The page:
And I think we had the best ratio of students to computers of any state in America. At one time we may still have that. We found that, having done all of that, that a lot of our teachers use the computers for sending email, but not much else, because they've never been trained to use the technology. They weren't familiar how to bring it into the classroom, how to use it to bring the real world into the classroom, and to enrich the learning (ph) for other students.

We entered into a partnership with state wide Delaware Technical Community College to offer training for our veteran teachers. And that training was augmented by new graduates from colleges and universities who are becoming teachers, and they were familiar with the technology. And interestingly enough, they trained the veterans, when it usually works the other way, when people join a school.

But Dr. Mullan, I think you mentioned the need for health IT training.

And given the experience that we've had with respect to our education at schools, I couldn't agree more. The congress provided and recently adopted stimulus package, some 19 billion dollars of funding to advance health IT at hospitals and at doctor's offices. But implementing a health IT program is not enough. For us to see the maximum benefit from our health IT system, doctors, nurses, other health care providers are going to need to learn how to use it effectively, much as we did in our school classrooms. And my question of you is, what do medical schools do now, or maybe you can, not just medical schools, but schools training nurses too, but what do they do for health IT training? And do you believe that medical schools or residency programs need to do more, can do more?

DR. MULLAN: It's a good question. And I, I think I can speak definitively about it. But I will say we have two things going for us. One is that many academic health centers and teaching settings now have adopted a much more electronic format for information management. So those of us who grew up with the electronic medical record will be much more effective at using it and critiquing it towards the future. And second is we're blessed with a generation of young people coming on who are much more computer literate themselves, who participate in the changing and growth and development of the application of the technologies.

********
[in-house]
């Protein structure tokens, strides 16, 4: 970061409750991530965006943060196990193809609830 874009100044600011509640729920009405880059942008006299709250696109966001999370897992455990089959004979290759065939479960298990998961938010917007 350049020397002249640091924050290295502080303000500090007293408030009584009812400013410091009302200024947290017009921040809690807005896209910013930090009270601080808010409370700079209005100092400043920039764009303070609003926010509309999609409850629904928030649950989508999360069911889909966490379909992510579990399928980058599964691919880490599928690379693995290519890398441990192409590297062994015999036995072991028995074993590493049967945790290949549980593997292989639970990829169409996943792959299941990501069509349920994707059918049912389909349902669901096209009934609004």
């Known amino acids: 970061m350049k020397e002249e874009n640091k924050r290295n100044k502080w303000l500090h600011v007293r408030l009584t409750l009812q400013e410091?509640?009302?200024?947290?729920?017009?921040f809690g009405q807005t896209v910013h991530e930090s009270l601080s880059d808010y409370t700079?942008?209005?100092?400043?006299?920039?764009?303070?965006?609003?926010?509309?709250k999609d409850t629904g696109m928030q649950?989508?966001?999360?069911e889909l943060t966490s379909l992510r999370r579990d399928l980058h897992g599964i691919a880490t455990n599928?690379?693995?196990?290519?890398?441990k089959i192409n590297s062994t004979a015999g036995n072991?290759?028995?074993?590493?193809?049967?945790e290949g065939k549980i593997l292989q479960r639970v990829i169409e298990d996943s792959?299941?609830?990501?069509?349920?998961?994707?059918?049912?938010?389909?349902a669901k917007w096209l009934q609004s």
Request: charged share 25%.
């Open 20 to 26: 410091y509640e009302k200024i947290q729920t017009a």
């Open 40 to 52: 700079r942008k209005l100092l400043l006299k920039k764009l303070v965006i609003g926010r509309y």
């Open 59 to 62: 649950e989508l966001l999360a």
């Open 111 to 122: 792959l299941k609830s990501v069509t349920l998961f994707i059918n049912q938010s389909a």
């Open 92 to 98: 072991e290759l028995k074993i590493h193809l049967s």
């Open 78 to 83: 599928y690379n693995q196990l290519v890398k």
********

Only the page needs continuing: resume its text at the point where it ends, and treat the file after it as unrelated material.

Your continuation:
SEN. CARPER: Sort of like my sons do with me. Anyone else want to 

MR. : Yeah. I just wanted to mention that we're involved with a project with the American Medical Informatics Association, in which we've put together a grant proposal to develop a informational, a teaching course in informatics for all clinical students in every health profession as an integrated phenomenon. And it's really a ground breaking kind of proposal. I think one of the central problems in IT is that there is no single consistent platform that everybody uses, from office to office, from state to state, and around the country. And I'd like to, I would like to think of IT more like the inner state highway system. You know, you can get on the highway in Delaware, or you can get on it in Montana, and you pretty much know the rules of the road. Speed limit may change a little bit, but you know how to get there.

SEN. BAUCUS: I don't know if they have a speed limit in Montana.

MR. : Yeah. So I, I'm just saying, I think it would be great to have some type of a uniform national standards for IT, so that everybody can talk to each other and work the system.

SEN. CARPER: All right, thank you. Another one, back to in a moment, if others want to comment please feel free, but I think you, you mentioned a proposal, I believe it was in Title Seven, to use those funds there, to create reaching community health centers, I think that's what you called them. Essentially partnerships for training purposes between medical schools and -- (inaudible) -- supported community health centers, which enjoy a lot of support around here. Could you describe this initiative in more detail for us? And tell us how it would work effectively with the National Health Service Core, to help improve training and to recruit new primary care doctors, especially to underserved areas.

MR. : Teaching in community health centers has always been a challenge, because, of course they're not basically teaching institutions, they're service institutions, and usually hard pressed. So to have the supervision in the way of clinicians to teach, the space, in order to have extra rooms to have students, and the communications capability to work with the students and their sending (ph) institution, are all add ons, and many community health settings are simply not possible, or if they are they're really ragged.

This isn't to say that a lot of teaching hasn't gone on and doesn't go on, but this could be much more industrialized. It could be part of what we do, investing in both the health center side and the medical school or teaching hospital side. We've never had an initiative like this, that made the teaching community health center a primary concept supported by financial incentives.